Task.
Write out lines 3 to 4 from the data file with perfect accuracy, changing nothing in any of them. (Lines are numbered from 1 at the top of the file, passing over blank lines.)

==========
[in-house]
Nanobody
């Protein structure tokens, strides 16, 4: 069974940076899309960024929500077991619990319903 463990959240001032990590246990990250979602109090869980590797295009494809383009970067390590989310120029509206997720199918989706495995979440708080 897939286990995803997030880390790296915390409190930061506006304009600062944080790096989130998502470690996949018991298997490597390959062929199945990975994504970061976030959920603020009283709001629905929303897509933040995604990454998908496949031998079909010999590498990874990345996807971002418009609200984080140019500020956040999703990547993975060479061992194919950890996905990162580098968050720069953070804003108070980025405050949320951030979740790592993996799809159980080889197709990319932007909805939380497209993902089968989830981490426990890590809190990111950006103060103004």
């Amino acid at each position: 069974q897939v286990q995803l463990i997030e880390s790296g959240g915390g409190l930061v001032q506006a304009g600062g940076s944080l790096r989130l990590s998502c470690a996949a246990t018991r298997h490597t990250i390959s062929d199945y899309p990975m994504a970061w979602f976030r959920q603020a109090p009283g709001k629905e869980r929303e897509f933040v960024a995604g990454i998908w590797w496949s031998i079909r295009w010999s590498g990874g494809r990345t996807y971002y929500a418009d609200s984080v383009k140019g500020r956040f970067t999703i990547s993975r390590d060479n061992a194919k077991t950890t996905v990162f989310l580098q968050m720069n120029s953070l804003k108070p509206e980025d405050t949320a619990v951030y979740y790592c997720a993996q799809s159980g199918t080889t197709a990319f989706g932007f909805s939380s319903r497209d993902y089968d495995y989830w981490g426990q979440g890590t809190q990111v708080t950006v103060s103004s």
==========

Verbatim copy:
């Protein structure tokens, strides 16, 4: 069974940076899309960024929500077991619990319903 463990959240001032990590246990990250979602109090869980590797295009494809383009970067390590989310120029509206997720199918989706495995979440708080 897939286990995803997030880390790296915390409190930061506006304009600062944080790096989130998502470690996949018991298997490597390959062929199945990975994504970061976030959920603020009283709001629905929303897509933040995604990454998908496949031998079909010999590498990874990345996807971002418009609200984080140019500020956040999703990547993975060479061992194919950890996905990162580098968050720069953070804003108070980025405050949320951030979740790592993996799809159980080889197709990319932007909805939380497209993902089968989830981490426990890590809190990111950006103060103004």
């Amino acid at each position: 069974q897939v286990q995803l463990i997030e880390s790296g959240g915390g409190l930061v001032q506006a304009g600062g940076s944080l790096r989130l990590s998502c470690a996949a246990t018991r298997h490597t990250i390959s062929d199945y899309p990975m994504a970061w979602f976030r959920q603020a109090p009283g709001k629905e869980r929303e897509f933040v960024a995604g990454i998908w590797w496949s031998i079909r295009w010999s590498g990874g494809r990345t996807y971002y929500a418009d609200s984080v383009k140019g500020r956040f970067t999703i990547s993975r390590d060479n061992a194919k077991t950890t996905v990162f989310l580098q968050m720069n120029s953070l804003k108070p509206e980025d405050t949320a619990v951030y979740y790592c997720a993996q799809s159980g199918t080889t197709a990319f989706g932007f909805s939380s319903r497209d993902y089968d495995y989830w981490g426990q979440g890590t809190q990111v708080t950006v103060s103004s």